oil of biological origin may be detected in other types of hydrocarbon base oils.
Advantages of the invention
The process of the invention particularly allows for the use of renewable starting
materials of biological origin, containing heteroatoms, for producing base oils
derived from renewable natural resources, but also diesel and gasoline
components as by-products. In addition to traditional crude oil, a completely new
raw material source for high-quality branched parafrinic base oils is provided
according to the invention. Also carbon dioxide emissions contributing to the
greenhouse effect may be reduced by using renewable raw material sources
instead of non-renewable ones.
According to the invention, a base oil only containing carbon and hydrogen is
obtained, the stability of said base oil in humid conditions being higher than that
of base oils containing esters or other heteroatoms. A. paraffinic hydrocarbon
component is not decomposed as easily as esters that form corrosive acids. A non-
polar and fully saturated branched hydrocarbon component, free of sulfur is
obtained using the process of the invention. Oxygen and heteroatoms of any
impurities of the feedstock are removed in the HDO step.
In the isomerization step, the carbon chain is branched, thus improving low
temperature properties, that is, the pour point is lowered and filterability at low
temperatures is improved. Wax is converted to oily hydrocarbon having a
viscosity index (viscosity-temperature-dependence) very suitable for base oil
without any blending limitations, and further it is fully compatible with lubricant
High hydrogen partial pressure and low levels of impurities may be maintained
throughout the whole process. Carbon monoxide, carbon dioxide and water
contents may thus be lowered to the extent that light stripping in the HDO stage or
in a separate gas/liquid separation vessel is sufficient to remove residual
impurities prior to isomerization. By means of the optional prehydrogenation step,
yield may be improved and side reactions e.g. polymerization, ring formation, and
aromatization of the double bonds of hydrocarbon chains resulting in coke
formation on the catalyst surface, and reduction of the operation time may be
reduced. Also the viscosity properties of the base oils are changed by ring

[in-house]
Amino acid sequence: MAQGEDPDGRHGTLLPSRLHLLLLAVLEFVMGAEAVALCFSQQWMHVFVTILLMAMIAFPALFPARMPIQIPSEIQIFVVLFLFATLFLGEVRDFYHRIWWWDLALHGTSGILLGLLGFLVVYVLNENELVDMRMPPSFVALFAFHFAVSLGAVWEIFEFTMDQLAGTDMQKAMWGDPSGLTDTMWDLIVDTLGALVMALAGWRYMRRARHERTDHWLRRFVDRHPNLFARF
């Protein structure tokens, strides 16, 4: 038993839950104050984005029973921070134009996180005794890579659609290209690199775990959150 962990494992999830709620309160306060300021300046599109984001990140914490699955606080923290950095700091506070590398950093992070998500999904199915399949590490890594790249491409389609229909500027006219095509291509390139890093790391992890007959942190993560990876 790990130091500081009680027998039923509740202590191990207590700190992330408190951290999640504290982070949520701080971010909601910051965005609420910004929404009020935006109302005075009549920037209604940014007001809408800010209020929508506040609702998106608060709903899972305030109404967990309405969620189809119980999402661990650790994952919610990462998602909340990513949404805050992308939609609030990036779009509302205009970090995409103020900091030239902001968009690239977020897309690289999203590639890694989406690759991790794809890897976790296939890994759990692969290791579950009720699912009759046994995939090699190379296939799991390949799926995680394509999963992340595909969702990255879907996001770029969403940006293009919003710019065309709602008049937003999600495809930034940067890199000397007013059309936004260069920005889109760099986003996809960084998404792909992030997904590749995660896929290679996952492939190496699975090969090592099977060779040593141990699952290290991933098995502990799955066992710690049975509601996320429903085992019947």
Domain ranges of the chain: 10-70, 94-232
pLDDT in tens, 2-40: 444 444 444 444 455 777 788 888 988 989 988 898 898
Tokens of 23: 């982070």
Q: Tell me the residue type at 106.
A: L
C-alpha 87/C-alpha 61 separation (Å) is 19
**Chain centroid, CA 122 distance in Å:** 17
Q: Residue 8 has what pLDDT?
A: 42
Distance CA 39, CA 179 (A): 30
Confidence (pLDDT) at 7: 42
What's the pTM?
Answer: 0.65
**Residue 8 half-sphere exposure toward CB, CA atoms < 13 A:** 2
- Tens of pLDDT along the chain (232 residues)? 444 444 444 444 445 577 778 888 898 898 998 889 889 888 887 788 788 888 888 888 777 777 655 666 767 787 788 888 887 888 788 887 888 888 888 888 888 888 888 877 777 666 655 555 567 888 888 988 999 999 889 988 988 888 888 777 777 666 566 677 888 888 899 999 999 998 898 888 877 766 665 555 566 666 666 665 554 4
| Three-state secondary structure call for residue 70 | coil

formation and polymerization.
With the process of the invention, high-quality saturated base oils having low
pour points may be produced, said base oil being thus very useful at low
temperature conditions. The product is typically free of sulfur, the viscosity index
thereof being preferably at least 120, and thus it may also be suitably used in
applications of Group III base oils.
Fatty aldehydes and ketones derived from fatty acids, which are distilled to
fractions according to carbon numbers may be used as feedstocks. According to
the invention branched paraffinic base oils having narrow boiling ranges and
various physical properties may be processed from these fractions. Typical carbon
number ranges of the product components are as follows: gas C1-C4, gasoline C5-
C10, diesel C11-C26, base oil at least C18. Distillation range of base oils
produced from a feedstock having a single carbon number is narrow.
Narrow distillation range indicates that the product does not contain any initial
light fraction (meaning molecules considerably lighter than the average), seen as
decreased volatility of the product and resulting in reduced emissions and reduced
use of lubricants in practical application.Neither any "tail" composed of the
heavier components (meaning molecules considerably heavier than the average),
are contained in the product, resulting in excellent low temperature properties of
For the base oil of the invention, the carbon number and distillation range are
governed by the feedstock composition. For base oils of the prior art, the
distillation range is adjusted by distilling the product to obtain a fraction having
the desired kinematic viscosity. It is preferable for the lubricants to have base oils
with narrow carbon number ranges and thus narrow distillation ranges. Therefore,
the compositions of base oils according to the invention contain molecules of
similar sizes behaving in a similar way under different conditions..
The base oil according to the invention has high viscosity index, which leads to a
significantly decreased need of high price Viscosity Index Improver (VII) or in
other terms Viscosity Modifier (VM). It is commonly known, that the VII is an
additive, which causes highest amount of deposits in vehicle engines. In addition,
reduction of the amounts of VII results in significant savings in costs.
Also, because the base oil is non-toxic, contains no sulfur, nitrogen or aromatic
compounds typically present in the conventional mineral oil based products, it
may more safely be used in applications where the end user is exposed to oil or oil
Moreover, response of the base oil according to the invention is extremely high
for antioxidants and pour point depressants, and thus the life time of the
lubricating oils are longer and they can be used in the colder environment than
lubricants based on the conventional base oils.
The base oil of the invention is also chemically more stable than products based
on more reactive esters, and the oxidation resistance thereof is better than that of
base oils based on fatty acids or fatty alcohol dimers, or base oils based on esters,
produced from unsaturated fatty acids of biological origin.
Compared to esters, the base oil of the invention is more compatible with